John Larrysson Column: When a prefix is hyphenated
文章日期:2013年2月20日

Usually words with prefixes are written as one word. (unhappy, disabled, reabsorb – the prefixes are underlined.) New prefix-words and less common words will often hyphenate a prefix to avoid confusion. Originally the idea of e-mail was new and was hyphenated to make it clear that it was electronic mail. Today it has become very common and there is no longer any need to hyphenate email.

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The most commonly hyphenated prefixes are: anti-, e-, ex-, non-, pre-, post-, pro-, re- and semi-

 

He is anti-internet and does not own a computer.

 

Murray MacLehose is an ex-governor of Hong Kong.

We will have an e-audit tomorrow.

I want a non-smoking seat.

Pre-revolutionary China was torn apart by many wars.

There has been more democracy in post-1997 Hong Kong.

He is pro-China.

I will have to re-explore the caves, since the maps were lost.

She is semi-retired.

 

Many of these words are simply cases where the whole word would look too long and clumsy or have too many vowels running together if unhyphenated. If the prefix ends and the word begins with similar sounds then the combination is often hyphenated.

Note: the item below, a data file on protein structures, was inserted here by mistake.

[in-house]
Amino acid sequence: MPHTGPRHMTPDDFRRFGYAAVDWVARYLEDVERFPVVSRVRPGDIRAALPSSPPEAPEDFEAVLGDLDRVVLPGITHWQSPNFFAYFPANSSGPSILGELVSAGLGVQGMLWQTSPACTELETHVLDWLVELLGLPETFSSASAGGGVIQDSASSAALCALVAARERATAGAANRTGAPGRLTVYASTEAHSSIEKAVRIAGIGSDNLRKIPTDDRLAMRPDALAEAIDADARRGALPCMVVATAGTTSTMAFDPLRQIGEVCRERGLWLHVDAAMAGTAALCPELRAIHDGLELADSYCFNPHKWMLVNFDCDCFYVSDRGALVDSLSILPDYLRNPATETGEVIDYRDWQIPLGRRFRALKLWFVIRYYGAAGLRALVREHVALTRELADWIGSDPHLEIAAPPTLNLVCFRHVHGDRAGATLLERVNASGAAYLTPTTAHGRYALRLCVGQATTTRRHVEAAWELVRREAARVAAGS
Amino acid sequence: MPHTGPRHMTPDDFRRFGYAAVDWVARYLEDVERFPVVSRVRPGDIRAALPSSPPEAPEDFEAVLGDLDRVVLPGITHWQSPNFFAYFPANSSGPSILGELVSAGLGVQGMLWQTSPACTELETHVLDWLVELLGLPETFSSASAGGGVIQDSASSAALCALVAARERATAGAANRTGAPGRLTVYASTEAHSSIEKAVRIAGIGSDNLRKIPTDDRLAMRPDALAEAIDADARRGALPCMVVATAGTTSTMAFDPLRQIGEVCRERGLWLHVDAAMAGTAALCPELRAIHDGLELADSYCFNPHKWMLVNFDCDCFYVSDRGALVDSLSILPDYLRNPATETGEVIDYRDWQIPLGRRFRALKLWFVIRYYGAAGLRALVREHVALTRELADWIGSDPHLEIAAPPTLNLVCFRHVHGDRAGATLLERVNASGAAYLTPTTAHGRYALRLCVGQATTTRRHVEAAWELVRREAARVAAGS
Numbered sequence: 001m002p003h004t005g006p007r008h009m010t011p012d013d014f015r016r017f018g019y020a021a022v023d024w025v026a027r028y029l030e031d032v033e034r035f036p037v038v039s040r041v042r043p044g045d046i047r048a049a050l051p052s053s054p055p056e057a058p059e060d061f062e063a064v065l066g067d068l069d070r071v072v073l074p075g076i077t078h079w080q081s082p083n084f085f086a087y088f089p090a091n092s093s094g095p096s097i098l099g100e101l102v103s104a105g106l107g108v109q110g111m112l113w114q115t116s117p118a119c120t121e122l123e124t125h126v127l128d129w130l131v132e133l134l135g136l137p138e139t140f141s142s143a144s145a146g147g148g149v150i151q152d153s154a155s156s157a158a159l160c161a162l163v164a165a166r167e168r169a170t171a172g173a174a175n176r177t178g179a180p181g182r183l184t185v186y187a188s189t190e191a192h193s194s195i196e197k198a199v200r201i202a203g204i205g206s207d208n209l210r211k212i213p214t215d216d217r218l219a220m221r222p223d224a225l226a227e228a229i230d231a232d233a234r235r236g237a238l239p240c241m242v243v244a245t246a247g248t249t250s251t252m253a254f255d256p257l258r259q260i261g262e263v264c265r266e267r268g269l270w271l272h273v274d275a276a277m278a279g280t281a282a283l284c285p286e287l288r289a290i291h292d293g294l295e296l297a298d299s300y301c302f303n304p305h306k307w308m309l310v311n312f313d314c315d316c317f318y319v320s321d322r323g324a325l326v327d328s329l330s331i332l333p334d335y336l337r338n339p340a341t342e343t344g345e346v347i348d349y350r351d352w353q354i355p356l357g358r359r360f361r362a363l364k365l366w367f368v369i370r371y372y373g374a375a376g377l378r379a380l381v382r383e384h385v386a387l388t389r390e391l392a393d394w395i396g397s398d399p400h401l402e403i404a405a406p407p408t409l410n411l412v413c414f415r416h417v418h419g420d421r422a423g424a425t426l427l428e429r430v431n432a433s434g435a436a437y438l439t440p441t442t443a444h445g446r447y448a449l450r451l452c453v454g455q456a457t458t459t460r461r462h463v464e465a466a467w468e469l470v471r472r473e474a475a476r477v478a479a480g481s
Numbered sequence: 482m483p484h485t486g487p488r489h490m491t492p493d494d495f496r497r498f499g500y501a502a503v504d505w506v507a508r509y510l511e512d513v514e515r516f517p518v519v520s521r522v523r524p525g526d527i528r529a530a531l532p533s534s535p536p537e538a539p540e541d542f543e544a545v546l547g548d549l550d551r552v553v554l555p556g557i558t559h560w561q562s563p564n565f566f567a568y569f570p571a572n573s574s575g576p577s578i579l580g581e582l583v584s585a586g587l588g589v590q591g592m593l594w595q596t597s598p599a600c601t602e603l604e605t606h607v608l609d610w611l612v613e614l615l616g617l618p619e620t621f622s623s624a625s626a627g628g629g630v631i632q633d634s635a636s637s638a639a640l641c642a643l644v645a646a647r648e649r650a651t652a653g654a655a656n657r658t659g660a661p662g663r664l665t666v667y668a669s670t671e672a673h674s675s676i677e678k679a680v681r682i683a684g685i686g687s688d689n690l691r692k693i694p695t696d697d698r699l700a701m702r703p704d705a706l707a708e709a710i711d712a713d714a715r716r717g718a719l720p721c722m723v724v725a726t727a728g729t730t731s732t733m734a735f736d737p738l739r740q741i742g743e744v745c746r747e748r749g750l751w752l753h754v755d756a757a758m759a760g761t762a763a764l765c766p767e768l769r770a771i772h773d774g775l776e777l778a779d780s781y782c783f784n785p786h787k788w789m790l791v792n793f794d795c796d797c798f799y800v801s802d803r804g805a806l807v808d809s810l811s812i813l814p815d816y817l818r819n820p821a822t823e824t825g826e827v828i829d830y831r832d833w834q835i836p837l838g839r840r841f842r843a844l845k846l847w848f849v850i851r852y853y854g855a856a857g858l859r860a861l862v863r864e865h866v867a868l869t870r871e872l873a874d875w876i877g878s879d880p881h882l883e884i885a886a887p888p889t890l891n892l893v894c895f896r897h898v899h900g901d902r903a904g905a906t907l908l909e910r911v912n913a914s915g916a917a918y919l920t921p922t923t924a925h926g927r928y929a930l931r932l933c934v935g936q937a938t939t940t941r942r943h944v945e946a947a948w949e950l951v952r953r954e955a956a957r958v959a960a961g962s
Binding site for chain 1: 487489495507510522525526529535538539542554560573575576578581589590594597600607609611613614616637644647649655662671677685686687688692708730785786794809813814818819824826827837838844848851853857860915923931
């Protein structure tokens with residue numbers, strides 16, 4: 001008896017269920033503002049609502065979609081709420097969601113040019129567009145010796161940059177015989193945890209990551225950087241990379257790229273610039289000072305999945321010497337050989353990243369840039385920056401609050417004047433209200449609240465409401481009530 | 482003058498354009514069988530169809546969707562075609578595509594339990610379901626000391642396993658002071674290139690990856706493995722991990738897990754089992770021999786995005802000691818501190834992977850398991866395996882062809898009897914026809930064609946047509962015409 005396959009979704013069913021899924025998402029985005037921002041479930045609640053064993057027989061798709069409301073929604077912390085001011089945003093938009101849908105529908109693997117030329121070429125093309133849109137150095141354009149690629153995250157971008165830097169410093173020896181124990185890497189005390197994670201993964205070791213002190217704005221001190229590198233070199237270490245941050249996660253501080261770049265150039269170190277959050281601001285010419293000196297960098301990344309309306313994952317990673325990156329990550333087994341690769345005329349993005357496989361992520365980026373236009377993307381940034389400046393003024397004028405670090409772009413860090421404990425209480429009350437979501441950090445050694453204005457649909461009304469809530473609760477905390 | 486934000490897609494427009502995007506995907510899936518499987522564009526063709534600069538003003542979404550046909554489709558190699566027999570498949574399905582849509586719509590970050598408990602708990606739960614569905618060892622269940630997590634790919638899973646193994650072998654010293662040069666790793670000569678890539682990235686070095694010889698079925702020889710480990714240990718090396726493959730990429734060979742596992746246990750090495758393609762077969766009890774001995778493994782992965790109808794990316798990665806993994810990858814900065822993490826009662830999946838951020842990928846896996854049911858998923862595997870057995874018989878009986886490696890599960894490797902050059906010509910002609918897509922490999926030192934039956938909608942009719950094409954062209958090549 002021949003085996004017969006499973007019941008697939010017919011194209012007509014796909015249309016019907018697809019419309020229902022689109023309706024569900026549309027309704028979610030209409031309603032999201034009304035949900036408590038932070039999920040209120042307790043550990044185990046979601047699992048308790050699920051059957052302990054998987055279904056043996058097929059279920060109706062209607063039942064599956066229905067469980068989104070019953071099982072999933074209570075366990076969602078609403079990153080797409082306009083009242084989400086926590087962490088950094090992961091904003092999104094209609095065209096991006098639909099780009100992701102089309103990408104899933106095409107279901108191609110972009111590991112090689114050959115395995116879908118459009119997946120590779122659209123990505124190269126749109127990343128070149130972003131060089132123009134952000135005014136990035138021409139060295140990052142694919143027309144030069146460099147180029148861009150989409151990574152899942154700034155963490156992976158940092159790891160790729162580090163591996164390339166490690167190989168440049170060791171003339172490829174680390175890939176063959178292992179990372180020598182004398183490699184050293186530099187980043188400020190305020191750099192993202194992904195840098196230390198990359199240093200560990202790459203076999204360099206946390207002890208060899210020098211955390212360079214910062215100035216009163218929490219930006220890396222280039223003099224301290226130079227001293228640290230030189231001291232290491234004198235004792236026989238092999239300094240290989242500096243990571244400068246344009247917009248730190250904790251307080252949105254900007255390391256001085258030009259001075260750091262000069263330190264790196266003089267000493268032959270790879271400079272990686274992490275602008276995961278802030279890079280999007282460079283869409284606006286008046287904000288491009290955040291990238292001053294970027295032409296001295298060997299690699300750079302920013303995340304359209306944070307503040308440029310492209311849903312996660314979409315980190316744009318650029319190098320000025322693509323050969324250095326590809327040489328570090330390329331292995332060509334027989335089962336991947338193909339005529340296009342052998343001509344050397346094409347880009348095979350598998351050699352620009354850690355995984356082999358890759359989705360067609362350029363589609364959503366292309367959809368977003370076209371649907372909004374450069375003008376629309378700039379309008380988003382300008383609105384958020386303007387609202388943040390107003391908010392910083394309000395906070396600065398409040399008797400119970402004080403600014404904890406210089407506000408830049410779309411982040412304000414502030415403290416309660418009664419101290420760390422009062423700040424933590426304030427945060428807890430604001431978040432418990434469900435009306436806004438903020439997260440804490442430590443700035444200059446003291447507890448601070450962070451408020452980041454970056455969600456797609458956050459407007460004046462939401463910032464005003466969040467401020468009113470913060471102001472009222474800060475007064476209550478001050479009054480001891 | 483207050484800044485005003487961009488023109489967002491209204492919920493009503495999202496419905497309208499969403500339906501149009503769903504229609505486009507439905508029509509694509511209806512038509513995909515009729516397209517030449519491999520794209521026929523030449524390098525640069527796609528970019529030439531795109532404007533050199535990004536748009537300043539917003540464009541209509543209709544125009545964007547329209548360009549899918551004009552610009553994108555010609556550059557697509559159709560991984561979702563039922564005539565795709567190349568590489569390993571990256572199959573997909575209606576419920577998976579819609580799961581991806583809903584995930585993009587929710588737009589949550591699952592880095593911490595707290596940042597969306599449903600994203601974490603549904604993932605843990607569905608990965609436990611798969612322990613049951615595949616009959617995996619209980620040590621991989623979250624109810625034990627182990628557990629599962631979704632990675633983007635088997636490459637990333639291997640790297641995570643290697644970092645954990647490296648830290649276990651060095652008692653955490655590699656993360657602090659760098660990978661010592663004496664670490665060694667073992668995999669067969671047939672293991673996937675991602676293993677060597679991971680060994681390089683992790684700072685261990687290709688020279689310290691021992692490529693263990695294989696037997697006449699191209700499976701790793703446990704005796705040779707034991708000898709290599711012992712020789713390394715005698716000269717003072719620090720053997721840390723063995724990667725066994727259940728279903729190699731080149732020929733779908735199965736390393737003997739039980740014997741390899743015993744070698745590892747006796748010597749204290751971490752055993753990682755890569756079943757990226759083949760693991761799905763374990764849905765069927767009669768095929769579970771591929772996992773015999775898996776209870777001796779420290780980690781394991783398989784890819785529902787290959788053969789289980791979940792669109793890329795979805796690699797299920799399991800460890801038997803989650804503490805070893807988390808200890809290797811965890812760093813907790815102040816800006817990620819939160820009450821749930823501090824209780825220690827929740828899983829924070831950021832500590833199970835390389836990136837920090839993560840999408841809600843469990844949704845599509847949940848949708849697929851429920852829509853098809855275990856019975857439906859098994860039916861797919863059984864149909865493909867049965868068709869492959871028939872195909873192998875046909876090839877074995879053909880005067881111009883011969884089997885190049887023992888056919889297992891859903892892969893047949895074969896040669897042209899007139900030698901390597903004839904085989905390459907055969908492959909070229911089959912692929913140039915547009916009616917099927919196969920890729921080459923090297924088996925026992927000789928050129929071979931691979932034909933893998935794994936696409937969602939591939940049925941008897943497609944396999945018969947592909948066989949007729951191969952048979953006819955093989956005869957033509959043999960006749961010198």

Many anti-intellectual people don’t understand university.

 

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Usually it is better to have fractions hyphenated in text, if the fraction is a prefix. Non-prefix fractions are not hyphenated.

 

A half-kilometre

 

half of a kilometre

one and six-tenths

I ate two-thirds of the cake.

I ate two pieces of the cake that was cut into thirds.

 

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As well as using prefixes, when two or more words are used to describe another word, hyphens are sometimes used. (Not always like some teachers claim.) Normally the words would not be hyphenated. Using a hyphen makes it clear that the two words together describe the third word.

 

Low-level radioactive waste.

 

The water in the lake is at a low level.

The up-to-date records were given to the principal.

The records are up to date.

 

Exception:

Describing words that end in – ly (adverbs) are not normally hyphenated.

 

He is a happily married man.

 

To hyphenate a prefix or not is the writer's choice. The things to consider are which form is most common and which choice makes your writing clearer. The only real rule is that it is better style to remain consistent, use only e-mail or email not both.

Next week I'll cover some other rules and suggestions about using compound words.

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by John Larrysson

JohnLarrysson@gmail.com

A native English speaker who has been teaching practical English in Hong Kong for more than a decade.